Local voters mirrored national trends, sweeping incumbents from their appointments and replacing them in most cases with the Republican candidate.

Cody Hiland, 20th Judicial District prosecuting attorney, ousted incumbent Marcus Vaden in a heated race for the top prosecutor job. 

Hiland claimed fiscal conservatism and promised to increase the number of individuals prosecuted by his office. 

Vaden’s claim to the position was his experience, having been elected as prosecuting attorney in 2007.

Faulkner County Sheriff Karl Byrd was re-elected for a second term with 58.6 percent of the vote over opponent Jerry Roberts. 

Roberts, a former Faulkner County justice of the peace, took a position of “anti-corruption” against Byrd, stating that the sheriff was negligent in the use of evidence in a cold Faulkner County murder case.

The Faulkner County Tea Party, the University of Central Arkansas, True Holiness Saints Center and several other civic and educational groups hosted debates and forums with the public.

County election officials reported that polls were attended by a high number of voters in this past election cycle.

8. District Judge 

Roberts dies

A 27-year veteran of Faulkner County courts, District Judge Russell L. “Jack” Roberts passed away June 9, 2010.

Roberts’ unexpected death shocked his family, co-workers and many in the community.

His reach in the community included serving as vice chairman of the supervisory board of the Arkansas Crime Information Center, holding office as a president of the District Court Judges Council and serving as a member of the council’s education committee. He was appointed by the Arkansas Supreme Court to serve on the court’s committee on automation. 

Roberts also initiated educational programs where students and Boy Scout troops would visit his courtroom.

Roberts was described by friends and family as a loving father, a competent judge, a good person and a well-liked member of the community.

After Roberts’ death, city officials elected to hold a dedication ceremony in honor of the late judge, naming the district court building the Russell L. “Jack” Roberts District Court Building.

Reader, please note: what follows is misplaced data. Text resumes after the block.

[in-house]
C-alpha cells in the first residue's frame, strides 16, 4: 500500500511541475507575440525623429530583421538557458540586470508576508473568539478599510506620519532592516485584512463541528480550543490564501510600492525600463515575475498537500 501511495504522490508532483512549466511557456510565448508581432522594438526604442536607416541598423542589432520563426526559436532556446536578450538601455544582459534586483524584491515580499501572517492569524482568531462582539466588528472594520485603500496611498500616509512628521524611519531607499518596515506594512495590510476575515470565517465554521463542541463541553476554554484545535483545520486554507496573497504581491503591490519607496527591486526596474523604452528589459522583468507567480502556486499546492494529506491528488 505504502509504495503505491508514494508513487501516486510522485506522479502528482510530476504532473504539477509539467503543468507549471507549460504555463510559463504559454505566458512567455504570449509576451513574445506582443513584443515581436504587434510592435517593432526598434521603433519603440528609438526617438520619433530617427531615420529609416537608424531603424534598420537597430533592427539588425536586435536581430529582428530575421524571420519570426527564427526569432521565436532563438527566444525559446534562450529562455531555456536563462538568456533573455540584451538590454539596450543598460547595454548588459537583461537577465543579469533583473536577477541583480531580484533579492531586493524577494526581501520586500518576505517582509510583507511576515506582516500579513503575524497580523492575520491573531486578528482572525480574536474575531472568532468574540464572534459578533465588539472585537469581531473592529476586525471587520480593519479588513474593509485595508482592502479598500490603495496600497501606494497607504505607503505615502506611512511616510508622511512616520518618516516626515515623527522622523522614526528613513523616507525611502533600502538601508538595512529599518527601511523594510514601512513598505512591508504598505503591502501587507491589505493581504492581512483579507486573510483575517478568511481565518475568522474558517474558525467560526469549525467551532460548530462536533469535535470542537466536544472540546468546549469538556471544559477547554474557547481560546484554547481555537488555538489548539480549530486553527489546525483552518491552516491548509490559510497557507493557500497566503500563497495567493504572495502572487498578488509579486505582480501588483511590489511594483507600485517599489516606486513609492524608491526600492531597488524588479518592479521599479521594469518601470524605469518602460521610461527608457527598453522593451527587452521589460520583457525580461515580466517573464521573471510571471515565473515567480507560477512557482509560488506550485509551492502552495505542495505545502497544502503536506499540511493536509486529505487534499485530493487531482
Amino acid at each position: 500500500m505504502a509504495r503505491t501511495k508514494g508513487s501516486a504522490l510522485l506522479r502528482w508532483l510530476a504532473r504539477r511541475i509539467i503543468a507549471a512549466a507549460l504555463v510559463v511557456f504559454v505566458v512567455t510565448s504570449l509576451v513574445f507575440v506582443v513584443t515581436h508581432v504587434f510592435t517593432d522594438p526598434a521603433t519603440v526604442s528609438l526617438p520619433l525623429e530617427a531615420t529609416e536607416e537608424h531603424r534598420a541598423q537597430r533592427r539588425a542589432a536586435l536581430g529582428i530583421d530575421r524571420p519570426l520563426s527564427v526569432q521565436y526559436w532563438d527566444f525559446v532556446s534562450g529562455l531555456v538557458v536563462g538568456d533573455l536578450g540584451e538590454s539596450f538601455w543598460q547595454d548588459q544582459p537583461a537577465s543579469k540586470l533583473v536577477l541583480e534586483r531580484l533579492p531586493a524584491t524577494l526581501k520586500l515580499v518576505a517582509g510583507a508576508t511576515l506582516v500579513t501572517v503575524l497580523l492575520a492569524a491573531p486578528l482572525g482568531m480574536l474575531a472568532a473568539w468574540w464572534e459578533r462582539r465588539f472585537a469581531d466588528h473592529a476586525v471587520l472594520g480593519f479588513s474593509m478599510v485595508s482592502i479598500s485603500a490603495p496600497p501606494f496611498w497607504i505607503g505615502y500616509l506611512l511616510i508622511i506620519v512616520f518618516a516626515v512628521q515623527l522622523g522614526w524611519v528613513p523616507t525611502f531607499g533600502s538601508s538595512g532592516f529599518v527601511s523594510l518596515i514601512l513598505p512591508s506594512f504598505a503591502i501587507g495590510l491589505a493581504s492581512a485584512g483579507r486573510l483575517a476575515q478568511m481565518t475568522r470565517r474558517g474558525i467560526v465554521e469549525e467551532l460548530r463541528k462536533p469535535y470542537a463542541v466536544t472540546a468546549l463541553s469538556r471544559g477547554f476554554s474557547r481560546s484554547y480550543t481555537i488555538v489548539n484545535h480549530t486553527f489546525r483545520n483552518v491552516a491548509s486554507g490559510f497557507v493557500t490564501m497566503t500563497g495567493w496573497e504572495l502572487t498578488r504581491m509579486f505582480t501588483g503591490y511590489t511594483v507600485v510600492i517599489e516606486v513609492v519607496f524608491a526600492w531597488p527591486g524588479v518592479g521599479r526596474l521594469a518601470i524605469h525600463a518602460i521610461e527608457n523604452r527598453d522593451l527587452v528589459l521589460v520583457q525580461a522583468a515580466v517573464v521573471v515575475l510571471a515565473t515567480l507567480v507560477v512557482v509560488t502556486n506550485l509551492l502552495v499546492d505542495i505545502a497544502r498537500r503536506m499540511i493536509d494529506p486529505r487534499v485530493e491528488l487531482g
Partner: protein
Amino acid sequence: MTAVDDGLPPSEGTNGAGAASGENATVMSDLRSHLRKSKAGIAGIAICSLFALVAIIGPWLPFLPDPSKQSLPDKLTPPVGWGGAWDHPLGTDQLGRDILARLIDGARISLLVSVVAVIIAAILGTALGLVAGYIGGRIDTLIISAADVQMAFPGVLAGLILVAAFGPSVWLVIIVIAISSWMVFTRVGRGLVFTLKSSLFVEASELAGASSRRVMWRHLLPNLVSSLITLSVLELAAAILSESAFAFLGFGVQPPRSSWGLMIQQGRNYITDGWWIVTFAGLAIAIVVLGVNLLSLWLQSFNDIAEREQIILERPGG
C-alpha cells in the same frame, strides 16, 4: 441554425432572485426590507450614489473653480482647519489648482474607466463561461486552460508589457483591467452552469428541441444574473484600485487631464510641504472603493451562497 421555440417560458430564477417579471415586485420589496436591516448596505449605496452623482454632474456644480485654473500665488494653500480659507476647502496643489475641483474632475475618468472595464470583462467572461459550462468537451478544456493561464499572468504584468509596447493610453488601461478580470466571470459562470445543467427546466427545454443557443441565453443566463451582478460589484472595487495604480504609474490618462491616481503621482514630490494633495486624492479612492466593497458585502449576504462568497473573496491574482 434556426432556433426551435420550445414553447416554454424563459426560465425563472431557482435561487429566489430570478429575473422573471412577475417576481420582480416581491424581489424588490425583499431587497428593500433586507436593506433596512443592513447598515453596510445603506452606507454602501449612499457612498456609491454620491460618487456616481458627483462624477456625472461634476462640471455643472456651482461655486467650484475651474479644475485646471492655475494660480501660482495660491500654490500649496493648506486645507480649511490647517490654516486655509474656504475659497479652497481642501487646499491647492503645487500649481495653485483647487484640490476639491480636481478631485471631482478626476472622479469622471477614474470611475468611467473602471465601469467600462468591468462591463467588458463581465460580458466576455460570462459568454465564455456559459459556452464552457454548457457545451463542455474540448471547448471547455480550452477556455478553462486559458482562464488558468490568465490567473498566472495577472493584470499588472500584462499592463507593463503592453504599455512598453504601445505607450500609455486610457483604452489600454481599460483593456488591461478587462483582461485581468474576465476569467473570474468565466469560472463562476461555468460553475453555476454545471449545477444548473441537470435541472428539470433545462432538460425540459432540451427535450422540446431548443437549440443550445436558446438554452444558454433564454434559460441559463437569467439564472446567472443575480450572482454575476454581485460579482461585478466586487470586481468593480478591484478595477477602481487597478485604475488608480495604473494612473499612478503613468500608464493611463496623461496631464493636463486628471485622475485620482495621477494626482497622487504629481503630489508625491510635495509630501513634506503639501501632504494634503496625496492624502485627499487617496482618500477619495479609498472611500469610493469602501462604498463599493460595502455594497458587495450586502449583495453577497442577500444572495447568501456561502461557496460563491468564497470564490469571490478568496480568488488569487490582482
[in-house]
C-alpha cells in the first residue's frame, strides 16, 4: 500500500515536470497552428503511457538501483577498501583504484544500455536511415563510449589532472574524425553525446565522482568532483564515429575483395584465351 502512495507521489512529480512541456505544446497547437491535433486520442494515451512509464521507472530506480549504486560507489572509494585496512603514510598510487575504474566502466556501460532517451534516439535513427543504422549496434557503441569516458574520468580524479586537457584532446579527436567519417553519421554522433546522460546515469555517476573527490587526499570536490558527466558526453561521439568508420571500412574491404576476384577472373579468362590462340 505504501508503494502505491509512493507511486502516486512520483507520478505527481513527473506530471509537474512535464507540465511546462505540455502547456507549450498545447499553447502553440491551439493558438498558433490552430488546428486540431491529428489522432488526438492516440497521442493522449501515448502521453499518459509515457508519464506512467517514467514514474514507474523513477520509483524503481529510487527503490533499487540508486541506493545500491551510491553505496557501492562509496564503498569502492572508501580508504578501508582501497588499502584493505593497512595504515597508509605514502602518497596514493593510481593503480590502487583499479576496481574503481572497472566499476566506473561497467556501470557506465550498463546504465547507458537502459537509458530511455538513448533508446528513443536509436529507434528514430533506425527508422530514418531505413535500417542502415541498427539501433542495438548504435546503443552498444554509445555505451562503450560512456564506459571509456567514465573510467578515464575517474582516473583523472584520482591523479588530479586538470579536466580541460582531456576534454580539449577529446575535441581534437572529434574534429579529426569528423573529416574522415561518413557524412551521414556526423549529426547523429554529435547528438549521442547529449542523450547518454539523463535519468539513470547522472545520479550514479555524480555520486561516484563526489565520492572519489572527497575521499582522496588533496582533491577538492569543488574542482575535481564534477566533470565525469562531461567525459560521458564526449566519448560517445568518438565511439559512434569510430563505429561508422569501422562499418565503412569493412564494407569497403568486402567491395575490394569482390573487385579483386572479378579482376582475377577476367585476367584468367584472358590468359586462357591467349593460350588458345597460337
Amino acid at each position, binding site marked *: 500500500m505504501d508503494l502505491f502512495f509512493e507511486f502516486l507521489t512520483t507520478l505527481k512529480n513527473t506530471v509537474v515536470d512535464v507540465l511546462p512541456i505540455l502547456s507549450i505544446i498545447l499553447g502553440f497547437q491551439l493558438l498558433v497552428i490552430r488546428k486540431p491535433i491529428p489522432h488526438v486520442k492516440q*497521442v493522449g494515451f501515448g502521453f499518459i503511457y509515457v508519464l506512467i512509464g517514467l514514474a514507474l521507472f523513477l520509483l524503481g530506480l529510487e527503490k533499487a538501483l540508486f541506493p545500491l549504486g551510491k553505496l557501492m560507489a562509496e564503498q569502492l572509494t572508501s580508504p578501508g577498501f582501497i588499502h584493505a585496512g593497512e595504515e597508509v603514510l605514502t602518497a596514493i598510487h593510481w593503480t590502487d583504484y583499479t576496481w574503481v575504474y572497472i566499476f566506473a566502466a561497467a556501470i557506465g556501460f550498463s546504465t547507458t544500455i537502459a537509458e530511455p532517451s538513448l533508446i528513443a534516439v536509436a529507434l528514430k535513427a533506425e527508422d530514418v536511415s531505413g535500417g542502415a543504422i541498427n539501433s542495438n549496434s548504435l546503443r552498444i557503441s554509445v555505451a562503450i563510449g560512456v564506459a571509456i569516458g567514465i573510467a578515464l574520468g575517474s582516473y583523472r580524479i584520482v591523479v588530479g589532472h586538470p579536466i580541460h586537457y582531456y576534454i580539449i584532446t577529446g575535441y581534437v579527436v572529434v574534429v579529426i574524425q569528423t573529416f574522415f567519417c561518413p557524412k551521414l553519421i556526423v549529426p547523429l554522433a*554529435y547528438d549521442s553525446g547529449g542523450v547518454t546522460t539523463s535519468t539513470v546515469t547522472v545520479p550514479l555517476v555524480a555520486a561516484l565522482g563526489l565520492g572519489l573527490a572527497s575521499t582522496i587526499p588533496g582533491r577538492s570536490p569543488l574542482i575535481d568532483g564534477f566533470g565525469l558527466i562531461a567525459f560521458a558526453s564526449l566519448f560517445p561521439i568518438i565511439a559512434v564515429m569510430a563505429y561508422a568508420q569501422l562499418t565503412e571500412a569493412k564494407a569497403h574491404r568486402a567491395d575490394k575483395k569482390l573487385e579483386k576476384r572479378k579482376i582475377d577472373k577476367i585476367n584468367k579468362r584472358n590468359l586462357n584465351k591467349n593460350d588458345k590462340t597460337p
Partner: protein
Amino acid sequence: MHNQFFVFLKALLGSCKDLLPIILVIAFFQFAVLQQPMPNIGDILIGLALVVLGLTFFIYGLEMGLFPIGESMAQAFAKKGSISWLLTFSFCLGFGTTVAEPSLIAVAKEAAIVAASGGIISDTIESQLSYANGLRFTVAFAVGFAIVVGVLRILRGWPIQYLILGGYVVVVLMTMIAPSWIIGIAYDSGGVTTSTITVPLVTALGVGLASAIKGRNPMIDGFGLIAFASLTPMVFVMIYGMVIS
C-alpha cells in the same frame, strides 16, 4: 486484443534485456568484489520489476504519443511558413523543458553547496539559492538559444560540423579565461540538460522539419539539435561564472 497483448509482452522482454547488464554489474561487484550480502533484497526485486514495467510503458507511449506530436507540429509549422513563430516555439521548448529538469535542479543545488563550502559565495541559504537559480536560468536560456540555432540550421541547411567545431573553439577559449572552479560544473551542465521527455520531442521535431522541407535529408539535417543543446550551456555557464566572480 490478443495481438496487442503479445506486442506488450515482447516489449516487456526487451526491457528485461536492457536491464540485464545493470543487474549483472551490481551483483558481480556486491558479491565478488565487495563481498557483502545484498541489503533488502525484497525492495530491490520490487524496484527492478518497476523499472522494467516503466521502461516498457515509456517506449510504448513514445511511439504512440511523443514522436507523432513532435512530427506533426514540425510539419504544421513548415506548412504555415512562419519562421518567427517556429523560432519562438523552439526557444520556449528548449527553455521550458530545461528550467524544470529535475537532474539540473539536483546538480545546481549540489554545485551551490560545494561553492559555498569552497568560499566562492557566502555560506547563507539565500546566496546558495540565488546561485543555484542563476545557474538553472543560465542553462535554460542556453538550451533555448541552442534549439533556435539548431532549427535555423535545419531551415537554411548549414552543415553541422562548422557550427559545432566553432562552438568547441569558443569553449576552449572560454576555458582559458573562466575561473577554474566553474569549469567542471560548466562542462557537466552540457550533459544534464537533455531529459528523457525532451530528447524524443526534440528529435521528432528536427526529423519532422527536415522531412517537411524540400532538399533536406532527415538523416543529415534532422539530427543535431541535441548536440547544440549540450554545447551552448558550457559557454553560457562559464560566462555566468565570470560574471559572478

9. Hardin 

investigation sent to grand jury

Former University of Central Arkansas President Lu Hardin is at the center of grand jury proceedings and a federal investigation surrounding financial dealings during his tenure at the university.

UCA Board of Trustees member Rush Harding III and former UCA executive vice president Barbara Anderson were subpoenaed to testify in front of the jury.

Harding told the Log Cabin that he was also examined by the Federal Bureau of Investigation earlier in the investigation.

A document obtained from UCA under the Arkansas Freedom of Information Act shows that the university was subpoenaed in December 2009 for materials used by Hardin and former UCA senior vice president Joe Darling.

The subpoena requested the university provide “any and all computers, any electronic and/or optical data storage and/or retrieval system for medium, and any related computer peripherals utilities” used by Hardin and Darling.

Hardin formally resigned from his post at UCA after several months of controversy surrounding a memo privately approving a $300,000 bonus. The memo was found to have been written by Hardin and attributed to three vice presidents.

Hardin’s tenure was also clouded by the alleged misappropriation of funds to buy out the president’s contract, public funds that some board and faculty members felt should not be used for that purpose.

Hardin later refunded the university.

In 2009, Hardin accepted the position as president of Florida’s Palm Beach Atlantic University, a private, Christian institution. 

Darling also left UCA after a state audit questioned dealings with Little Rock advertising executive Ben Combs.

10. Voters pass tax increase to benefit school district

It was a time of economic insecurity, but voters in September approved by a 2-1 margin a proposal by the Conway School District to add a 1.9-mill tax increase to pay for a multitude of changes, preparing the district for growth in the year 2012 and beyond.

As approved, the increased tax will go to an estimated $40 million project to include:

• Construction of a new high school facility on the Conway High School-West campus for new classrooms, library and office space, and in phase two, the construction of a new cafeteria, the razing of the “pod” system and walkway connections to all buildings on campus.

• The reconfiguration of grades to K-4, 5-7, 8-9 and 10-12. Tenth-grade students would move to the West campus, and eighth-grade students would move to the East campus. Ray and Phyllis Simon, Ruth Doyle, Bob Courtway, and Carl Stuart schools would transition to grades 5-7.

• Repurposing Sallie Cone Elementary to a pre-K facility, housing all pre-K students in one location in the fall of 2012.

• Rezoning elementary school attendance zones by the fall of 2012.

• Additional elementary classroom space for the growing district. Property has been bought for that purpose on Old Military Road.

The campaign for passage was led by Tom Courtway, chairman of a 25-member 2012 millage committee. Subcommittee heads were Jan Spann, logistics; Lori Case, advertising; and Blake Browning, fundraising.